William McGonagall was not blessed with good luck. The son of poor Irish immigrants, he followed his father into the trade of handloom weaver, an occupation that had a certain standing in the community – but the dark satanic mills were beginning to flood out their products and the family travelled around Scotland in search of work, which meant that William had little ‘dominie’ influence.
There is some discussion about the poet’s date and place of birth. Some claim 1825 in Ireland; he himself claimed 1830 in Edinburgh. If William’s claim is not true, it is understandable why he might make it: birth in the capital would provide a smoother path through Scotland at that time.
The family settled in Dundee in 1836 and the poet would spend the next fifty years in the city of Jute, Jam and Journalism. There never was any Jam in McGonagall’s life – it was always a struggle financially.
His first artistic direction was the stage. Performing on the factory floor for his workmates pleased them so much that they raised the money for him to perform speeches from Macbeth in Mr Giles’s Lindsay Street Theatre. A number of such performances followed, often in pubs and clubs around Dundee. During this time he started to carry an umbrella, for he suffered, not so much slings and arrows, but rotten fruit and vegetables directed at him on and off stage – and his umbrella was his only shield.
Appearances at Baron Zeigler’s circus and the Transfield circus resulted in such poor crowd behaviour that the Dundee magistrates banned his performances and McGonagall’s appeal, pleading the unfairness of punishing the innocent party, was refused. McGonagall’s treatment was diabolical, but in all his writing there is not a bitter word or comma.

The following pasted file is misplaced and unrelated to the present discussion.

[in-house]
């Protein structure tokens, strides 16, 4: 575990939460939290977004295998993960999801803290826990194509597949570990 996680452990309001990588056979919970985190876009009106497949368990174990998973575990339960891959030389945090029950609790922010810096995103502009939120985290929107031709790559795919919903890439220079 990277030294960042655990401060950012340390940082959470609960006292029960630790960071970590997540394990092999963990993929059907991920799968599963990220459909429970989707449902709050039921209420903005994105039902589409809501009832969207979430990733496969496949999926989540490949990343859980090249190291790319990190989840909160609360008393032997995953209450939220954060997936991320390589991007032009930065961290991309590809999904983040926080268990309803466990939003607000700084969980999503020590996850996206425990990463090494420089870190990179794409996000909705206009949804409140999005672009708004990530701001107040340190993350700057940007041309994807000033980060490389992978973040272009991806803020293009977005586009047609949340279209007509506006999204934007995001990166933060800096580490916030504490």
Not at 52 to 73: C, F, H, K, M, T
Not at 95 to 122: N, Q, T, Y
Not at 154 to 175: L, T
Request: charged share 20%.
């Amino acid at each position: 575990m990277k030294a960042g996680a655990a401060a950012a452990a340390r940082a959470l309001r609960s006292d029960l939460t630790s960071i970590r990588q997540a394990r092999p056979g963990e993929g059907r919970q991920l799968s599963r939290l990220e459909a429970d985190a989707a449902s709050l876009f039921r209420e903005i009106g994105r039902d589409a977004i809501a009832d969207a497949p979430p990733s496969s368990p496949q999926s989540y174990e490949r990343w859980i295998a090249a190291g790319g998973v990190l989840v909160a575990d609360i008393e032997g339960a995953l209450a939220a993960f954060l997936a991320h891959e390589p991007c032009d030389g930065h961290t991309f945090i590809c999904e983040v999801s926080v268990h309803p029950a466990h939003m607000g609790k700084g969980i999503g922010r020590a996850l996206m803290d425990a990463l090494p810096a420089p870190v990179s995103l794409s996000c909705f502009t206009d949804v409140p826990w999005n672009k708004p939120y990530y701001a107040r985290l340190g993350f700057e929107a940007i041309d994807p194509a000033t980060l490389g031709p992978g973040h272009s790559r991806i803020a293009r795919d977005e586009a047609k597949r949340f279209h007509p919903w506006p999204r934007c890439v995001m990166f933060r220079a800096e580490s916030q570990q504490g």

Dundee has, so far, never been at the epicentre of epiphanies, but one occurred in June 1877, which was to launch it onto the sea of poetry, giving the city what it has never had before or since – a world famous poet. Sitting in his slum tenement flat, McGonagall heard a voice which said to him, ‘Write! Write!’ Pen in hand, he began to write poetry. He was to write over 200 poems up to his death in September 1902.
His first poem, to his friend the Reverend George Gilfillan, was pushed through the letterbox of Dundee’s Weekly News, signed with only his initials. Since that time his work has never been out of print.
McGonagall is sometimes dubbed ‘the world’s worst poet’. This is a title which wannabe poets exhibiting the green glow of their emotional spectrums, or minor academics suffering from NO ONE HAS HEARD OF ME syndrome, have inflicted unfairly on him.
History, travel, love, politics, disasters, people both great and humble are all represented in his rich mix of subjects. He wrote over twenty-five battle poems – in Scottish streets, in those days, eye patches, empty sleeves and wooden stumps were common sights. Disasters also made regular appearances in his work.